The country celebrated many firsts in this year's mid-term election, and now history is being made again. Former banking executive Frank Scott was recently elected as the first Black mayor of Little Rock, Arkansas.
On Tuesday, Scott defeated 64-year-old attorney and businessman Baker Kurrusa in a nonpartisan runoff election. KATV News reports the former district superintendent lost to Scott who gained 58 percent of the vote to his 42. Scott replaced Mark Stodola, the outgoing mayor, who did not seek re-election after 12 years in office due to a family medical issue.
The newly elected 35-year-old served as a state highway commissioner and adviser to former Governor Mike Beebe. He also served as an associate pastor, deputy police director and on the boards of directors for Big Brothers and Big Sisters of Central Arkansas and the Little Rock Port Authority before his new position.
Scott, a Southwest Little Rock native, attended the University of Arkansas during his undergraduate studies and earned a master’s degree in business administration from the University of Arkansas at Little Rock.
“I’m a product of Little Rock public schools and a graduate of the University of Arkansas – Little Rock's Master of Business Administration program. Despite a modest beginning, I have been able to live out my potential because of the foundation I had right here in Little Rock,” he said.
Little Rock has had only two Black mayors, but they were elected city directors chosen by fellow board members, not voters. Scott is the city’s first Black mayor elected by popular vote. He believes in Little Rock’s ability reach its full potential.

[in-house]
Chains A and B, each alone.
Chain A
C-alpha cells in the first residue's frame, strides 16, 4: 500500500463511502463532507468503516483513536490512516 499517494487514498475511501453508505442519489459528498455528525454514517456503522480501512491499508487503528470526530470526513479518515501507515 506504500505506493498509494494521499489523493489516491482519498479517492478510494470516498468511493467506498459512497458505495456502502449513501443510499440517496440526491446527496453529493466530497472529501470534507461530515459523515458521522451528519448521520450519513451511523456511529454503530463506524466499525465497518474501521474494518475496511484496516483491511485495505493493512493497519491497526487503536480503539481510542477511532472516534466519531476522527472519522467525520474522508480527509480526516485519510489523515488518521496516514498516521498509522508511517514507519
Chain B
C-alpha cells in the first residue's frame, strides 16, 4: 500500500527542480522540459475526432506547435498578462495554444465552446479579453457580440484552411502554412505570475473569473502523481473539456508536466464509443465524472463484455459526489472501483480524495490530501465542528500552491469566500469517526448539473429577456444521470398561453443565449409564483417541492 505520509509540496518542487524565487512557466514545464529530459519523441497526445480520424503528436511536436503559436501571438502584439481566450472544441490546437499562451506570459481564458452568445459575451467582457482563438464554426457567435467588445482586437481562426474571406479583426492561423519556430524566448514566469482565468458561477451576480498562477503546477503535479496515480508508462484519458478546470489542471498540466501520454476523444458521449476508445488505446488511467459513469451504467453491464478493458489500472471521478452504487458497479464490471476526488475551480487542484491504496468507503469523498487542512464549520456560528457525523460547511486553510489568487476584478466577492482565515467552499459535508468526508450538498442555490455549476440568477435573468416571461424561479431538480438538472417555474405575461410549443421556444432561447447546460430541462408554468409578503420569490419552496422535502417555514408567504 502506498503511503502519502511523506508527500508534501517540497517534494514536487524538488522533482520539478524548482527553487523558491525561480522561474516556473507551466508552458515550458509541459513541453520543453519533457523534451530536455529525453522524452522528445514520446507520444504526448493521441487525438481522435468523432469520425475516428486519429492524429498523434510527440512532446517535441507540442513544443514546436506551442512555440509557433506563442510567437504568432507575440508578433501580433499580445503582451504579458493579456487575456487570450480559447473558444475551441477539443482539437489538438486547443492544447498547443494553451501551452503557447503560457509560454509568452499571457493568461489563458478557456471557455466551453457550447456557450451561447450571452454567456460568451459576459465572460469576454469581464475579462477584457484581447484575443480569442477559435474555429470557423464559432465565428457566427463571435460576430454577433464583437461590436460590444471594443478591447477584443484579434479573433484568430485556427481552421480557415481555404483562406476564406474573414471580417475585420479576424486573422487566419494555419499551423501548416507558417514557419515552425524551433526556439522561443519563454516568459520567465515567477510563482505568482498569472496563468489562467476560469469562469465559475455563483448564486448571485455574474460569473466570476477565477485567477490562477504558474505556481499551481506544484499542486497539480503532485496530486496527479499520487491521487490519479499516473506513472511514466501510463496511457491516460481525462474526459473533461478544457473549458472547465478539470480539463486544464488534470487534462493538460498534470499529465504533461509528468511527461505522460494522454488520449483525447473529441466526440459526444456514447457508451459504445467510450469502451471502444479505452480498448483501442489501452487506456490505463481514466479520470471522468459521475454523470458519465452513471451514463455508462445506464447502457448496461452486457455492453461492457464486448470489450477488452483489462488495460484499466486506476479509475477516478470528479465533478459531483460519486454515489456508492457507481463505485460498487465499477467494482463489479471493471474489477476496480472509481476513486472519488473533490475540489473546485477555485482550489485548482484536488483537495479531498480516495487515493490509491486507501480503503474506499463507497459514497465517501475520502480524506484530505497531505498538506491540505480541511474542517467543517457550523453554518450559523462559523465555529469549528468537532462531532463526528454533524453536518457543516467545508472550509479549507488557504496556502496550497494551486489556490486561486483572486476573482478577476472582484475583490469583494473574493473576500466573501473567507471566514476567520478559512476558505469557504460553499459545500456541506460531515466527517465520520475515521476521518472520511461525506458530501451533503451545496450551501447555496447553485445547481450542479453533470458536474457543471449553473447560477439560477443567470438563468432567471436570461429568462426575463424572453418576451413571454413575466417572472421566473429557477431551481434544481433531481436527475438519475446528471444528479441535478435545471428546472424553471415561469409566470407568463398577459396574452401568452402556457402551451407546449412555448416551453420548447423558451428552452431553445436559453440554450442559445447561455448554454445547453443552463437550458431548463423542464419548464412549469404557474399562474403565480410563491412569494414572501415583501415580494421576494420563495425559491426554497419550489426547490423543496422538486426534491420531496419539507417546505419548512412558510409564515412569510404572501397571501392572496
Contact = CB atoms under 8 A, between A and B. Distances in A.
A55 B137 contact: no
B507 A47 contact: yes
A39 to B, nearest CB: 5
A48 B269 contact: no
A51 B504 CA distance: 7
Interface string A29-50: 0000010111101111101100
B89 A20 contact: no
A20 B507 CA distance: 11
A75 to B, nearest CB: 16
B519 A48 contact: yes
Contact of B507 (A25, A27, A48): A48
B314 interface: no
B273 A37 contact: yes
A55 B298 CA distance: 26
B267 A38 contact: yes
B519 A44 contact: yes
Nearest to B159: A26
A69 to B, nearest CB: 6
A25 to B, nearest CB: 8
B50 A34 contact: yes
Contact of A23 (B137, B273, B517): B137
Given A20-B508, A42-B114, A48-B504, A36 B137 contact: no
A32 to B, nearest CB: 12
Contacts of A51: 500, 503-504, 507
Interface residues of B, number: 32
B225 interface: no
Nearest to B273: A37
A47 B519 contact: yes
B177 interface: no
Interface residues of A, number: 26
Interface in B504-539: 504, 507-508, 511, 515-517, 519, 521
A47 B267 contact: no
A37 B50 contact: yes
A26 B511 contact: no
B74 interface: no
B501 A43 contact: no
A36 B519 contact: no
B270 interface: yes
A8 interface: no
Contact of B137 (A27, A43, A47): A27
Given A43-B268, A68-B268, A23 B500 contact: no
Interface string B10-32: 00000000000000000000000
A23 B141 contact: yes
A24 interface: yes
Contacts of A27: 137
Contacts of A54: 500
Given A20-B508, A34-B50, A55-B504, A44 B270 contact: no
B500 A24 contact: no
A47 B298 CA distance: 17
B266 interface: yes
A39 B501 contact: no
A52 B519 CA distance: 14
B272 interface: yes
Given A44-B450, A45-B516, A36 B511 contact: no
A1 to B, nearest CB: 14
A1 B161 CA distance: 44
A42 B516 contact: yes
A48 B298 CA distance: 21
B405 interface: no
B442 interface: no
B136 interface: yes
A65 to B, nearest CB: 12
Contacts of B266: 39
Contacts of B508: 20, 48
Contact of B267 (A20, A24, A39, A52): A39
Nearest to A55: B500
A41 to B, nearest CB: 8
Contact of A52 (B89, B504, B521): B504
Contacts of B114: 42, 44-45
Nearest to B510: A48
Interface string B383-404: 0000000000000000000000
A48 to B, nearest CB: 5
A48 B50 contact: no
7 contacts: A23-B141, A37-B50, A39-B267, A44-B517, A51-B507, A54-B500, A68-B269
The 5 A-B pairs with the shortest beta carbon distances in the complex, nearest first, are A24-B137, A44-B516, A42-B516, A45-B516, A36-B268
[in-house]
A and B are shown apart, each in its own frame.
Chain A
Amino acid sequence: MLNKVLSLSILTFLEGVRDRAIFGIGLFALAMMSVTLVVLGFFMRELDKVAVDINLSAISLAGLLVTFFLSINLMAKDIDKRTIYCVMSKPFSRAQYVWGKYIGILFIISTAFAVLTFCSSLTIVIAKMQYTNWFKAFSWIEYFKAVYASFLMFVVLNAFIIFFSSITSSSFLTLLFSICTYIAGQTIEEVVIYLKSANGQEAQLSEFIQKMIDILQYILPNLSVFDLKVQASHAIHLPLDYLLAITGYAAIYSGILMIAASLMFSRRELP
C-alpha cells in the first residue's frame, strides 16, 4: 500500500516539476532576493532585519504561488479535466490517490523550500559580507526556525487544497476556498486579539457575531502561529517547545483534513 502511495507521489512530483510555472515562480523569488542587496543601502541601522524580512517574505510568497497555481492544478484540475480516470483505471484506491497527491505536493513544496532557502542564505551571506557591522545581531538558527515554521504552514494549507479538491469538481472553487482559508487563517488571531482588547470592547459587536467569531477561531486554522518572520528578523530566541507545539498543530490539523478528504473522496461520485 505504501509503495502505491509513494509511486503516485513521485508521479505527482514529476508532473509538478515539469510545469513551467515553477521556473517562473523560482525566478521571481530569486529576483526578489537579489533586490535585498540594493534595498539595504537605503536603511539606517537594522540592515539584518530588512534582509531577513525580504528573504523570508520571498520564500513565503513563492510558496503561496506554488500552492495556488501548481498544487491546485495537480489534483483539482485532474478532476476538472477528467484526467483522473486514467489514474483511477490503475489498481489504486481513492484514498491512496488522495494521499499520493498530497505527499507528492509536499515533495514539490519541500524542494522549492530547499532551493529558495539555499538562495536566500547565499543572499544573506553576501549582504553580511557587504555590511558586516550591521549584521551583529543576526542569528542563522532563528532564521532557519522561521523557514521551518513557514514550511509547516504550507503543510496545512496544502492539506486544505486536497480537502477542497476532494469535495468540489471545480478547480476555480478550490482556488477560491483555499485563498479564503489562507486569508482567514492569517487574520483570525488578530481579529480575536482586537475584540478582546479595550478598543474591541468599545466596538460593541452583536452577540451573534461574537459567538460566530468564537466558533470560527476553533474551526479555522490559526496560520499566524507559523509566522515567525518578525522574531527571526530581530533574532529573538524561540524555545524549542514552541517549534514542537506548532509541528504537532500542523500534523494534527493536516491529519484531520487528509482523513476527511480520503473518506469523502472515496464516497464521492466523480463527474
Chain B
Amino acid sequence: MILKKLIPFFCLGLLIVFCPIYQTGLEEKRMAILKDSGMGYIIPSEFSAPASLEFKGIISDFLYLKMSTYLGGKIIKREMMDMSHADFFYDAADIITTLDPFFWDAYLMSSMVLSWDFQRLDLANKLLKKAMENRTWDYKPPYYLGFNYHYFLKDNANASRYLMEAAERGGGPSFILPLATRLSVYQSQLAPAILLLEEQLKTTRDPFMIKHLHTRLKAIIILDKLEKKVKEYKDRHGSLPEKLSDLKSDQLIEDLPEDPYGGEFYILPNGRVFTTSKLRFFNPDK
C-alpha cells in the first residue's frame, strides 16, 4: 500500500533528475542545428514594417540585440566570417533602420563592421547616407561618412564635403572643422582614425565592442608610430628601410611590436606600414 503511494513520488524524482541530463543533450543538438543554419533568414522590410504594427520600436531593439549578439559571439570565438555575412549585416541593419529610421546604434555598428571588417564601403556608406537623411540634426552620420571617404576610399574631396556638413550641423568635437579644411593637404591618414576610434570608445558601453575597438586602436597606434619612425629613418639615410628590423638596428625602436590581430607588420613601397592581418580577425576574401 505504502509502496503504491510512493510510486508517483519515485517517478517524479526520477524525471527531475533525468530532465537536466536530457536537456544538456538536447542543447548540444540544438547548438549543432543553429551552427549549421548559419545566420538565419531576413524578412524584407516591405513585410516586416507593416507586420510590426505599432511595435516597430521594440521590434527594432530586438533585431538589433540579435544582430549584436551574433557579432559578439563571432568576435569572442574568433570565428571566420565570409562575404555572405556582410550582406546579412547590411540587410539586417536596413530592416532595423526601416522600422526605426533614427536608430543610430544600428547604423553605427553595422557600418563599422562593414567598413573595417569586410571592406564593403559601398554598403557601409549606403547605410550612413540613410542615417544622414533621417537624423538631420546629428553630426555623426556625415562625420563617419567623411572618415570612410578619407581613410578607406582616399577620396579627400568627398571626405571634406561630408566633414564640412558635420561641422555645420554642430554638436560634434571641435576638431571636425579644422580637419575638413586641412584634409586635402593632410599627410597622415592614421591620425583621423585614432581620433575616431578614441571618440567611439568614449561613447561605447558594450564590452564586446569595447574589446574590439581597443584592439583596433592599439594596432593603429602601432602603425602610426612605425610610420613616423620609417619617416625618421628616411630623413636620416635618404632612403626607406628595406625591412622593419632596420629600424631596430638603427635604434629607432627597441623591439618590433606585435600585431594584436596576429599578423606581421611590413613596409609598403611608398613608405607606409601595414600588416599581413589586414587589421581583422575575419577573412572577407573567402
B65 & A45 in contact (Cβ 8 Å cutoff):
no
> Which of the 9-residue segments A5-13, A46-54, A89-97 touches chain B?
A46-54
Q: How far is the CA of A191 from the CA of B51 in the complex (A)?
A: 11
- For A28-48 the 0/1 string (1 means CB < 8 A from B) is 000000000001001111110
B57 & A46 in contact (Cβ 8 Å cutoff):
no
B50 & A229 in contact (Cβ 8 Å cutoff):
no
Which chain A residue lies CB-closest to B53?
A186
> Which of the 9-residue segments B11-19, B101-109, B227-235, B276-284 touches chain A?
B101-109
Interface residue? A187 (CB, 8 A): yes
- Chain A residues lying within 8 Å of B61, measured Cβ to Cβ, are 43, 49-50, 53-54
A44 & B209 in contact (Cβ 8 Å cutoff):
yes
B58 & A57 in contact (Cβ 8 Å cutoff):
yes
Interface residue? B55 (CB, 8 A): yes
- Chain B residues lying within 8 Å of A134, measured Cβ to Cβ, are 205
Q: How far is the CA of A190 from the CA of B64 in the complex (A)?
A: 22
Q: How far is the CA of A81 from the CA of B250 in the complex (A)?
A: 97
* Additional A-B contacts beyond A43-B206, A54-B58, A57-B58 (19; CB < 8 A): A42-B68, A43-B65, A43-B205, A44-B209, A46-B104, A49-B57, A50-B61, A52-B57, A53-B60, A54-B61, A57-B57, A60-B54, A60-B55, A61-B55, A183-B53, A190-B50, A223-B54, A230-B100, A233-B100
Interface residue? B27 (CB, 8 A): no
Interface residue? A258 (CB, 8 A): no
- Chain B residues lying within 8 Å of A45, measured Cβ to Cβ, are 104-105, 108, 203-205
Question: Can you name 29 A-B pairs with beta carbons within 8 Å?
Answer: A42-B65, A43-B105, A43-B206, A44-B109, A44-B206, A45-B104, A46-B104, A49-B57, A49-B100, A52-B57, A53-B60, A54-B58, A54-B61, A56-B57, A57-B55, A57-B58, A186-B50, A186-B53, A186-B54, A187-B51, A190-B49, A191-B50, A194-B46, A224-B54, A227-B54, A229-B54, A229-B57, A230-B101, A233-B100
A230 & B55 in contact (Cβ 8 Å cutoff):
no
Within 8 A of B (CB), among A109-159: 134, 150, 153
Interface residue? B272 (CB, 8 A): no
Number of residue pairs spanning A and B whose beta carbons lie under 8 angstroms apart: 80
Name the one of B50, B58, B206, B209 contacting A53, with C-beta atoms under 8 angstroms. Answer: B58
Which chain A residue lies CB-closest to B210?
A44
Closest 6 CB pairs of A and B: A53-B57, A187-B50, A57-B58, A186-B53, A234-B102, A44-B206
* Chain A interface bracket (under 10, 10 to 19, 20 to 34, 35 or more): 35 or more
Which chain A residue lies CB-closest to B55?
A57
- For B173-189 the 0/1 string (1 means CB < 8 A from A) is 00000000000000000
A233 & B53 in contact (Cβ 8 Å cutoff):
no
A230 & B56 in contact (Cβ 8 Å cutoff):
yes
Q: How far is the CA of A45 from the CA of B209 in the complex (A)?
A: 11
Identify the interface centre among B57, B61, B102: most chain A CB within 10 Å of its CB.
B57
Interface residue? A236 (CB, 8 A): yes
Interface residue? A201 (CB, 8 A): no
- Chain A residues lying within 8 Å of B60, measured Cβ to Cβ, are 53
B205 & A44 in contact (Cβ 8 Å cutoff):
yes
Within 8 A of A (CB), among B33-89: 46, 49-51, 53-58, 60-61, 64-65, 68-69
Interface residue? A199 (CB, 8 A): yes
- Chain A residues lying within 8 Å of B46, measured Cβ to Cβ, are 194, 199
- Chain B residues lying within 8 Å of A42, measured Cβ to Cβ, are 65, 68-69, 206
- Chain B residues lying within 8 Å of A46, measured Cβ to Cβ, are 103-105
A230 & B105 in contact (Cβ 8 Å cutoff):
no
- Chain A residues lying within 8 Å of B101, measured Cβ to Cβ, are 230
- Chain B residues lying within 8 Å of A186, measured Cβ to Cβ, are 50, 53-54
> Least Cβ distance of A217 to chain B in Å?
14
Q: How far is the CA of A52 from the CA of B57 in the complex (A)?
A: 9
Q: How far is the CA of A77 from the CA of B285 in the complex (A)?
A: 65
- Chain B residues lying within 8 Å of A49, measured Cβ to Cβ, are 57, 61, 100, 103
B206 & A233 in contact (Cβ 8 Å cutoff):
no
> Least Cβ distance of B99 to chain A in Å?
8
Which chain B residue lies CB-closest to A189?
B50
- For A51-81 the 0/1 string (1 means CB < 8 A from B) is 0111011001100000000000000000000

“Many may not believe that same kid from Southwest Little Rock can become mayor of the state’s largest city, but anything is possible if we unite vision and purpose to our potential,” Scott stated.
His supporters included New Jersey Senator Cory Booker, the first Black U.S. Senator from New Jersey, who's considering running for president in 2020. He’s also gained support from Republicans like Will Rockefeller, grandson of Arkansas' first Republican governor since Reconstruction. Supporters hope Scott’s election in the state where 42 percent of the city's population is Black will address racial divides.
Joyce Elliott, a Democratic state senator from Little Rock, expressed her thoughts about race relations in the city:
“Race is a major dividing line in this city. That’s one, but the other major dividing line in this city is economics,” she said. “Those two things have been lethal for this city, and we are not doing a good job of having a conversation or a plan that involve all of us that we carry out.”
The desegregation of Little Rock Central High School in 1957, where nine Black students had to be escorted past an angry white mob to enter the previously all-white school, serves as testimony to the history of racial tension in the state. In recent years, Little Rock's police department has come under fire for questionable tactics including the use of "no-knock" warrants.
The city is taking steps in the right direction. The new mayor shared his push for unity with supporters Tuesday night.
"If you believe it's time to unify this city, let's do it," said Scott.
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